‘The’ Krüper’s Nuthatch site on the island is the woodland area south of the main coastal road before the buildings and army camp of Achladeri. Park by the white-washed building and walk through the wood. Short-toed Treecreeper, Masked Shrike, Woodlark and Black-eared Wheatear all breed here. The large wooded hill rising above the car park can be good for raptors.
12) Achladeri to Skala Polichnitou (inc Alikoudi Pool – p.169)
Just after Achladeri camp, turn right and on to the coast track. Stop to check fields, streams etc. Look for Olive-tree Warbler and Middle Spotted Woodpecker in the olive grove areas. The Alikoudi Pool lies just north of the village of Skamnioudi north of the saltpans. It is marked on maps. Access from inland track to the south of the pool, a track leads to the east end of the pool. the coast tracl should only be tackled with care and a 4×4 id really needed.
13) Polichnitos Saltpans (p. 171)
Sutuated on the east side of the Gulf of Kalloni, for some reason these saltpans come in to their own in autumn. Much smaller and much easier to view than the Kalloni Saltpans, you can search the whole area on foot around the perimeter. Great for waders, herons, egrets, storks, gulls, terns. The surrounding area (in particular the ridge to the east) is excellent for migrant raptors.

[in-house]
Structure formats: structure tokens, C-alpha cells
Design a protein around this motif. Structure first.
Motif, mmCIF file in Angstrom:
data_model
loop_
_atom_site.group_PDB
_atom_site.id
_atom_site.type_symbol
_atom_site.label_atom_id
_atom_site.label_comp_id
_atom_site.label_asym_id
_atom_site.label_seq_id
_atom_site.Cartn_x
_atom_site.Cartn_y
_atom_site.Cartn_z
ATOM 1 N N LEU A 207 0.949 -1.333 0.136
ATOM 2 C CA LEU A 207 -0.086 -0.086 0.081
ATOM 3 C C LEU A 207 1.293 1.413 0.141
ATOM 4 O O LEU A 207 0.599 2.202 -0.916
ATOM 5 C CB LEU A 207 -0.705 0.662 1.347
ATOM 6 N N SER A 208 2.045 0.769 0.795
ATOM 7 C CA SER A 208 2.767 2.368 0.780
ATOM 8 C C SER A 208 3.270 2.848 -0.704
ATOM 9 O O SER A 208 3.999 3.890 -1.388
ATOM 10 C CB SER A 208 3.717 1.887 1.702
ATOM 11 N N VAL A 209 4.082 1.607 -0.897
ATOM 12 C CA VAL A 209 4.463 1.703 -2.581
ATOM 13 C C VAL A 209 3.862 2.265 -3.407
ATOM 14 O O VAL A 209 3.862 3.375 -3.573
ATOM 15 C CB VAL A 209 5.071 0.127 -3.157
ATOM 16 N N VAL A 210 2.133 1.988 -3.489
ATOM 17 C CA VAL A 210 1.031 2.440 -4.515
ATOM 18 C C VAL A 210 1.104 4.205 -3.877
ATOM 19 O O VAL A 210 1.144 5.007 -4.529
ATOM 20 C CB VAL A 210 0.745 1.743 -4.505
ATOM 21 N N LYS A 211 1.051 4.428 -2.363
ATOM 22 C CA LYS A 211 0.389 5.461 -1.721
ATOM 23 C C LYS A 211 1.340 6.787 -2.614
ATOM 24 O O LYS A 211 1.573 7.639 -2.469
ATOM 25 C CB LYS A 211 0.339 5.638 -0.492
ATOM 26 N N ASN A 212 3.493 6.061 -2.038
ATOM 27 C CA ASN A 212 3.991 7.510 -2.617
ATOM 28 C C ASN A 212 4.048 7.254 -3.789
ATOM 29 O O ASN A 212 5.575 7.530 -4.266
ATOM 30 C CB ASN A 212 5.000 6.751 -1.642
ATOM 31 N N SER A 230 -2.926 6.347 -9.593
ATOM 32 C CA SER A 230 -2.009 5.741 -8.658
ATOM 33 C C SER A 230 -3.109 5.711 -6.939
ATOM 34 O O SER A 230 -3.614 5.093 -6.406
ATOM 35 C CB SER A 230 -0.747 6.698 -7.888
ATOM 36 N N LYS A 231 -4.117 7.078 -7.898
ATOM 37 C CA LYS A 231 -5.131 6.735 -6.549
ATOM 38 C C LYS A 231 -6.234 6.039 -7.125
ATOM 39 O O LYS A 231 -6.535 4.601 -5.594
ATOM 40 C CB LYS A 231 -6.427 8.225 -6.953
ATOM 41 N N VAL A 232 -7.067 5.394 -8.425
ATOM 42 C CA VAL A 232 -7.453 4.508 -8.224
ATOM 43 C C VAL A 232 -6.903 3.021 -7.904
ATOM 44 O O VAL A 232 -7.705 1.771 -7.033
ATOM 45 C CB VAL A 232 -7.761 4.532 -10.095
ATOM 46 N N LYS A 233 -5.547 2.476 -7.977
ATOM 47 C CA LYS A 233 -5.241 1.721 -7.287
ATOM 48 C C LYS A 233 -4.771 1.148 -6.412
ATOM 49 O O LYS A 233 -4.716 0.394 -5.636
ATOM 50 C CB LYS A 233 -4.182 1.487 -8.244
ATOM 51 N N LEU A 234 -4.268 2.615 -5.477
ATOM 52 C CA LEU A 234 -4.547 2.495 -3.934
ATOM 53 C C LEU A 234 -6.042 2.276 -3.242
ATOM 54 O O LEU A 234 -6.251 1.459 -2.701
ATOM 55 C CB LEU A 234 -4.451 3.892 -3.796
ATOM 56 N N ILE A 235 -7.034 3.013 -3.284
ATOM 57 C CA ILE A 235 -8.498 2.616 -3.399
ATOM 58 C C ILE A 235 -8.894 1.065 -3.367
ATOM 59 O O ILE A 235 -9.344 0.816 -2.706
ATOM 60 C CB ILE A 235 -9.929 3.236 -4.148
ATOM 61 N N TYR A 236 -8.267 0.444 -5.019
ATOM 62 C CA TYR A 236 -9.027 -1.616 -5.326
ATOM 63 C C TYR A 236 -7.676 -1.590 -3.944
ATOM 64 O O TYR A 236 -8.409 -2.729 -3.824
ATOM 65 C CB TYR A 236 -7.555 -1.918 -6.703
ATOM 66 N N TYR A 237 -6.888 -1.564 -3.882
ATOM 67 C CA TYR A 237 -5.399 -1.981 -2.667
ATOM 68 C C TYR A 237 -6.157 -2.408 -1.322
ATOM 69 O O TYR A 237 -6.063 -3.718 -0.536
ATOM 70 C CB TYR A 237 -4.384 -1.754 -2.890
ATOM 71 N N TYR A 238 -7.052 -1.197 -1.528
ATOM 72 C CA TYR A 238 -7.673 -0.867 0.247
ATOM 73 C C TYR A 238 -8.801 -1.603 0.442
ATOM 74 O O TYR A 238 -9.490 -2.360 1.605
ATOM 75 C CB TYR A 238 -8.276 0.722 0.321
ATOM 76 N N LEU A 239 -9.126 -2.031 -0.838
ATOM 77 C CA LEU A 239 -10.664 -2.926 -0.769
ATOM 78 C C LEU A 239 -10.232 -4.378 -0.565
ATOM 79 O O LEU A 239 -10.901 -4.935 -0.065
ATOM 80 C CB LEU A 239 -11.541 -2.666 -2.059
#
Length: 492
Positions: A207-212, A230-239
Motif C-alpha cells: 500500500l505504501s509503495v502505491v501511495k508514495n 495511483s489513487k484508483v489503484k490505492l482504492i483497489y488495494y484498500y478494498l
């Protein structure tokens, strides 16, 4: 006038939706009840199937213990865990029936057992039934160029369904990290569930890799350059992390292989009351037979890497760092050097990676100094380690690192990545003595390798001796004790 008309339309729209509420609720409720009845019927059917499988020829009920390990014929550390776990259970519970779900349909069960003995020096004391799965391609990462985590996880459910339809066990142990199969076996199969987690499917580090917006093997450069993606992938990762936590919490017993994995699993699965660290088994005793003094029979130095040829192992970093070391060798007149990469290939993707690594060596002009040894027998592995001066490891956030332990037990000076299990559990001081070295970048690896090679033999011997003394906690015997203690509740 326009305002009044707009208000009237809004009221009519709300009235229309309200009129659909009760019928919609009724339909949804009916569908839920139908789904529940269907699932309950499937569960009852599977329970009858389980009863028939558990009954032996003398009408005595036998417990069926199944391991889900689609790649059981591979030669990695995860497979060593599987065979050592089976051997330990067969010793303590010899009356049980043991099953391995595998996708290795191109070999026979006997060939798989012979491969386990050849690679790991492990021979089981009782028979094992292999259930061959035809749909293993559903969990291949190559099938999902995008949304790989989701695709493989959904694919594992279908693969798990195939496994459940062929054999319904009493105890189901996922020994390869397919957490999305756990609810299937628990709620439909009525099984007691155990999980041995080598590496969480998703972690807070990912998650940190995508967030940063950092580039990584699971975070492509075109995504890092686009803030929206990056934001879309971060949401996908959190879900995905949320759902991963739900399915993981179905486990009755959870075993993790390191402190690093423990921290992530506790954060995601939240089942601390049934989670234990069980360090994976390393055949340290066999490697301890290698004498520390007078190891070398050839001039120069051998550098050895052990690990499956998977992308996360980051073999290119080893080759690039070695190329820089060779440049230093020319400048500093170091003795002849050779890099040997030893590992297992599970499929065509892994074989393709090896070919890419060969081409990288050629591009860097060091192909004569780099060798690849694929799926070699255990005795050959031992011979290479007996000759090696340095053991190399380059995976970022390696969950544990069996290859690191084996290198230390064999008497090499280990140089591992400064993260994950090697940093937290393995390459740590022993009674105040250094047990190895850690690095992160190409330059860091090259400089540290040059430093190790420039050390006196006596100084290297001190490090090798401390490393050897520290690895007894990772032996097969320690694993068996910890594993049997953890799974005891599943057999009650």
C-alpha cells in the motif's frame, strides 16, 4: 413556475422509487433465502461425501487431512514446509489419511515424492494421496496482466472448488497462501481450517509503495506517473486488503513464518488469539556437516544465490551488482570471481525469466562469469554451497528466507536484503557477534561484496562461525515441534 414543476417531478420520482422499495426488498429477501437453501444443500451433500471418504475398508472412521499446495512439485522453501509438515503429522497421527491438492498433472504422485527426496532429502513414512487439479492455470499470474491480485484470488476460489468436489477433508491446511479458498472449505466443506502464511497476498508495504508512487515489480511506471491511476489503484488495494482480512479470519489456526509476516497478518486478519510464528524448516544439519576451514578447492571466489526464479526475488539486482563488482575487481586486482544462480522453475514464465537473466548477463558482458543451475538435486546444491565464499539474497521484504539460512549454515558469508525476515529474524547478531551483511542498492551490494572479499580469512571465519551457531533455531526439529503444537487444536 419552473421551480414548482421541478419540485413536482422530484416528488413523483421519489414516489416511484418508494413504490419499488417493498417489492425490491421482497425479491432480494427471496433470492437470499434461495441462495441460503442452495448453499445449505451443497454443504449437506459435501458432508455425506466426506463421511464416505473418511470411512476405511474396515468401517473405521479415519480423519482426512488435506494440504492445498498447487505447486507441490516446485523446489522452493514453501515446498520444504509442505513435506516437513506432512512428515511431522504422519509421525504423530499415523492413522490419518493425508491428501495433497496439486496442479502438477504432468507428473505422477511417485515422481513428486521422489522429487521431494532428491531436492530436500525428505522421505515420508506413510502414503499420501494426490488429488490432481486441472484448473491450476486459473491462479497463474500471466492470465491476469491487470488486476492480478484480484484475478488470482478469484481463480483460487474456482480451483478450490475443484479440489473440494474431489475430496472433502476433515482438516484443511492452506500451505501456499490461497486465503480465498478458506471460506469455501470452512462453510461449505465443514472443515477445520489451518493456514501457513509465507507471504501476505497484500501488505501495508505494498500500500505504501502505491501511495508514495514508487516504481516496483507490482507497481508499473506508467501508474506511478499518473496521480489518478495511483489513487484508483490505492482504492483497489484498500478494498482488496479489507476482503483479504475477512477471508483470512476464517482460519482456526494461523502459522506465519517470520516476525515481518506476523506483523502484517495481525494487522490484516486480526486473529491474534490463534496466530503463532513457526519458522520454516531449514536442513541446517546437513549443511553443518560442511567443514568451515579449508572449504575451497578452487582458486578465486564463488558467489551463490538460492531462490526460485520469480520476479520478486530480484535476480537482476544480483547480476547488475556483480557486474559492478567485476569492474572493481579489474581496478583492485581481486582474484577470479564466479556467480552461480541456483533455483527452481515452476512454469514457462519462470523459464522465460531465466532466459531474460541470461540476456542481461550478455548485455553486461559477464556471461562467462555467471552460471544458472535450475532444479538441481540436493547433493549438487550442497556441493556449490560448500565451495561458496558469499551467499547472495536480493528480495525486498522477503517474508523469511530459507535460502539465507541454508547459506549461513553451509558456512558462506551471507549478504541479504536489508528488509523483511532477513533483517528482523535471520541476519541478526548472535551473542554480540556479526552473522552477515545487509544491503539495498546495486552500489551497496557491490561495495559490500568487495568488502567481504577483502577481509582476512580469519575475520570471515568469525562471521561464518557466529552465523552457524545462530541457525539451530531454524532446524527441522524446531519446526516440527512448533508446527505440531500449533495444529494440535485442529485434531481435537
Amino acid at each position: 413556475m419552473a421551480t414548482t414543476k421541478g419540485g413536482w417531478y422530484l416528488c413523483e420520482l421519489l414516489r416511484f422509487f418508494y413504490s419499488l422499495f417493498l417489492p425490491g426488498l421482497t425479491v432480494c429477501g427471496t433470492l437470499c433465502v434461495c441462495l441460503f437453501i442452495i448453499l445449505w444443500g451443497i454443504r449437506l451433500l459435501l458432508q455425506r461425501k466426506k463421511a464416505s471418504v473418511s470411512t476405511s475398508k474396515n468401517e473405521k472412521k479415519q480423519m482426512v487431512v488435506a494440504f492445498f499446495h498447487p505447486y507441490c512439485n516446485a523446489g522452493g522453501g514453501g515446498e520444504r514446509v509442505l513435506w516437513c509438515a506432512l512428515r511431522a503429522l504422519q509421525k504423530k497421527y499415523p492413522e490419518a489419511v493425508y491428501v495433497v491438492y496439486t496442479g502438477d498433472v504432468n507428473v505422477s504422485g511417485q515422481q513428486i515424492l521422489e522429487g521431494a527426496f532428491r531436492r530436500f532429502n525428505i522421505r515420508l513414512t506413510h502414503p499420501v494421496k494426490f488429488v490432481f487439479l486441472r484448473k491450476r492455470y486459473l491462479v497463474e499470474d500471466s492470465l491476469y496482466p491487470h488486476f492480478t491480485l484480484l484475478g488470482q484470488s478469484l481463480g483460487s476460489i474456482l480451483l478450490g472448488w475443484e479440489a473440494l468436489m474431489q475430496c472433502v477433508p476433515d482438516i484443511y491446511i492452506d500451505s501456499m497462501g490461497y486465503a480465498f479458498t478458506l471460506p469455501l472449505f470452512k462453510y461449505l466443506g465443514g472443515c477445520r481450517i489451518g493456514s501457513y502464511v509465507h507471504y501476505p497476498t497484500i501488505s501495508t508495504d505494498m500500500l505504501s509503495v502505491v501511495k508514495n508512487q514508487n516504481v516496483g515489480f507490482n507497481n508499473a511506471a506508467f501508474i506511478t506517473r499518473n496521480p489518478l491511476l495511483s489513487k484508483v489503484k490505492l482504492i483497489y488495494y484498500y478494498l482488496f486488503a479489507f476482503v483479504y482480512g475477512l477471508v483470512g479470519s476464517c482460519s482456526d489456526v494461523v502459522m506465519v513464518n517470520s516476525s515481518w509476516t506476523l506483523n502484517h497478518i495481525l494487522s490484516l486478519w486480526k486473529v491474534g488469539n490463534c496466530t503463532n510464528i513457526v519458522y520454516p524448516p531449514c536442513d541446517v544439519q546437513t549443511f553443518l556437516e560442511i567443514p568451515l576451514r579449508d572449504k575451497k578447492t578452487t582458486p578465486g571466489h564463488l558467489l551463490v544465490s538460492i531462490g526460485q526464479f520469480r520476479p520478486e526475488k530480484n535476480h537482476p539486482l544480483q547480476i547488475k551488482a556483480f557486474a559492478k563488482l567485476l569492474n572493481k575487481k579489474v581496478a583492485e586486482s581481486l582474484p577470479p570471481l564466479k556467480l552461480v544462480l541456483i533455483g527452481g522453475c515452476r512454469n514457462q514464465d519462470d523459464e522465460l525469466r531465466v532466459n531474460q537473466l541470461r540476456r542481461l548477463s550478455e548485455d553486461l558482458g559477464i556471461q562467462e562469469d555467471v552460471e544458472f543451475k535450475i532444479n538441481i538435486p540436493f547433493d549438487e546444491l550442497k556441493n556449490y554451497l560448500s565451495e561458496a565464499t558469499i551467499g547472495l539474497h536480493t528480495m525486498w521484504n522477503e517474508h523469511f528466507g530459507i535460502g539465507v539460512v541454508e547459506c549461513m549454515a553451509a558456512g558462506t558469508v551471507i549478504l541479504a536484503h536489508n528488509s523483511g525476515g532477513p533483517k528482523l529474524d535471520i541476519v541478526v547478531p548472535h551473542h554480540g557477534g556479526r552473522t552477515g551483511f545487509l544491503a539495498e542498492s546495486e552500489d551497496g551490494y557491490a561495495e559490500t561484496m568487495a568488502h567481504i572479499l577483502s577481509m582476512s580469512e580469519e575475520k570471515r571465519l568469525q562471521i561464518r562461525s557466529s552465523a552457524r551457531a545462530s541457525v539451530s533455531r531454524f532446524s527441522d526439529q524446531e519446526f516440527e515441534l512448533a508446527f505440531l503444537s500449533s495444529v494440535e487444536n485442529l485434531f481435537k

14) Skala Polichnitou to Vatera
Stop at river bridges and ridges. In spring and autumn good for raptors and larger migrant birds passing over.
There is a White Stork nest on a chimney in Polichinitos.
15) Vatera area inc. Agios Fokas (p. 174)
This area lies south-east of the mouth of the Gulf of Kalloni. The main areas to search are the Almiropotamos River bridge to the west of the resort and the track down to the headland of Agios Fokas. Avoid using optics and cameras around the army base just north of the headland. A great area for passage migrants, including raptors. Expect shearwaters off the headland, as well as spotting birds such as raptors, herons and waders coming in off the open sea. Sardinian Warbler (a difficult species to see on Lesvos) occurs in small mumbers on this peninsular.
16) Ambeliko Valley (Kata Stavros to Ambeliko – p. 178)
A little known valley east of Vatera running north along the western side of Mount Olympus range. Good for overhead migrants including raptors. Olive Tree and Sardinian Warblers occurs in several places.
17) Agiasos to Plomari (east of Mount Olympus – 180)